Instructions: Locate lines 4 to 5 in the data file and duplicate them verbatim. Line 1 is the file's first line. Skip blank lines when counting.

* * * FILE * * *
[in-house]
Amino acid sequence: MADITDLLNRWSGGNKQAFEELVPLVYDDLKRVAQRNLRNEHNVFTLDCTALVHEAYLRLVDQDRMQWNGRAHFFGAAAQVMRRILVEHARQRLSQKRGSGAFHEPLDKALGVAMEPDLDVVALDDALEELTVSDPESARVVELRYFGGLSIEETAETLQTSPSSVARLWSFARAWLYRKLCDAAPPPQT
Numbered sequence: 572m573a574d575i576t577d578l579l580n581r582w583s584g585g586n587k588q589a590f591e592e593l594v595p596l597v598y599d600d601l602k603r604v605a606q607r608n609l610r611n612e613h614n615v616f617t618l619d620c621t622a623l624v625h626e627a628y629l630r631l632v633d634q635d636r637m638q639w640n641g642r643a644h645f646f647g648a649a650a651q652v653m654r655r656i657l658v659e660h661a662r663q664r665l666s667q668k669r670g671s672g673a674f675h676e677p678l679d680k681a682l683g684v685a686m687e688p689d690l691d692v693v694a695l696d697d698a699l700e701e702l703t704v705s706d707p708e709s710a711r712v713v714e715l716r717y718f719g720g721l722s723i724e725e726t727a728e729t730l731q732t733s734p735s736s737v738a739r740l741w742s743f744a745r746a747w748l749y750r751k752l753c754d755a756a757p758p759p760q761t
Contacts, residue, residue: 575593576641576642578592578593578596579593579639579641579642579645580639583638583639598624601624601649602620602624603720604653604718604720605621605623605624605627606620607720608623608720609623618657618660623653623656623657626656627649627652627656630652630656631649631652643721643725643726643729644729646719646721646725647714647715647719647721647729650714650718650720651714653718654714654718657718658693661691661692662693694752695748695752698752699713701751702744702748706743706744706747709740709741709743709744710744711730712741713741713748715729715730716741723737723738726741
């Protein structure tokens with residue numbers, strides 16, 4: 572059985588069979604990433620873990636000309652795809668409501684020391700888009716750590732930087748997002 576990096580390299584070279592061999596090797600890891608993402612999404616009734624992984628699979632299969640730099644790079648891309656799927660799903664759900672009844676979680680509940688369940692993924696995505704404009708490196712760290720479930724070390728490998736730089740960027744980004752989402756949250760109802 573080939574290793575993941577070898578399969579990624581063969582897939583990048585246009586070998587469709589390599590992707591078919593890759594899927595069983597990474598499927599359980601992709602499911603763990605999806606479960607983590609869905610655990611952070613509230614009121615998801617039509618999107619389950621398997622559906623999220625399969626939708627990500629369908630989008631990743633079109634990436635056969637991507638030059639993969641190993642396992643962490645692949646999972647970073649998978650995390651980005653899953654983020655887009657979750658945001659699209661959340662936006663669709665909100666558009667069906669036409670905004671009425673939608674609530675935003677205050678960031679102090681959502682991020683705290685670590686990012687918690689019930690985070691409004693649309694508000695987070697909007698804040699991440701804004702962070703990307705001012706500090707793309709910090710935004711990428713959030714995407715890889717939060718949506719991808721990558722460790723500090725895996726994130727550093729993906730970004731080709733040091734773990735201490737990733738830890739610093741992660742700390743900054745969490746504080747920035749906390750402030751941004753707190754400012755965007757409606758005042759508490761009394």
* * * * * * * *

Contacts, residue, residue: 575593576641576642578592578593578596579593579639579641579642579645580639583638583639598624601624601649602620602624603720604653604718604720605621605623605624605627606620607720608623608720609623618657618660623653623656623657626656627649627652627656630652630656631649631652643721643725643726643729644729646719646721646725647714647715647719647721647729650714650718650720651714653718654714654718657718658693661691661692662693694752695748695752698752699713701751702744702748706743706744706747709740709741709743709744710744711730712741713741713748715729715730716741723737723738726741
């Protein structure tokens with residue numbers, strides 16, 4: 572059985588069979604990433620873990636000309652795809668409501684020391700888009716750590732930087748997002 576990096580390299584070279592061999596090797600890891608993402612999404616009734624992984628699979632299969640730099644790079648891309656799927660799903664759900672009844676979680680509940688369940692993924696995505704404009708490196712760290720479930724070390728490998736730089740960027744980004752989402756949250760109802 573080939574290793575993941577070898578399969579990624581063969582897939583990048585246009586070998587469709589390599590992707591078919593890759594899927595069983597990474598499927599359980601992709602499911603763990605999806606479960607983590609869905610655990611952070613509230614009121615998801617039509618999107619389950621398997622559906623999220625399969626939708627990500629369908630989008631990743633079109634990436635056969637991507638030059639993969641190993642396992643962490645692949646999972647970073649998978650995390651980005653899953654983020655887009657979750658945001659699209661959340662936006663669709665909100666558009667069906669036409670905004671009425673939608674609530675935003677205050678960031679102090681959502682991020683705290685670590686990012687918690689019930690985070691409004693649309694508000695987070697909007698804040699991440701804004702962070703990307705001012706500090707793309709910090710935004711990428713959030714995407715890889717939060718949506719991808721990558722460790723500090725895996726994130727550093729993906730970004731080709733040091734773990735201490737990733738830890739610093741992660742700390743900054745969490746504080747920035749906390750402030751941004753707190754400012755965007757409606758005042759508490761009394």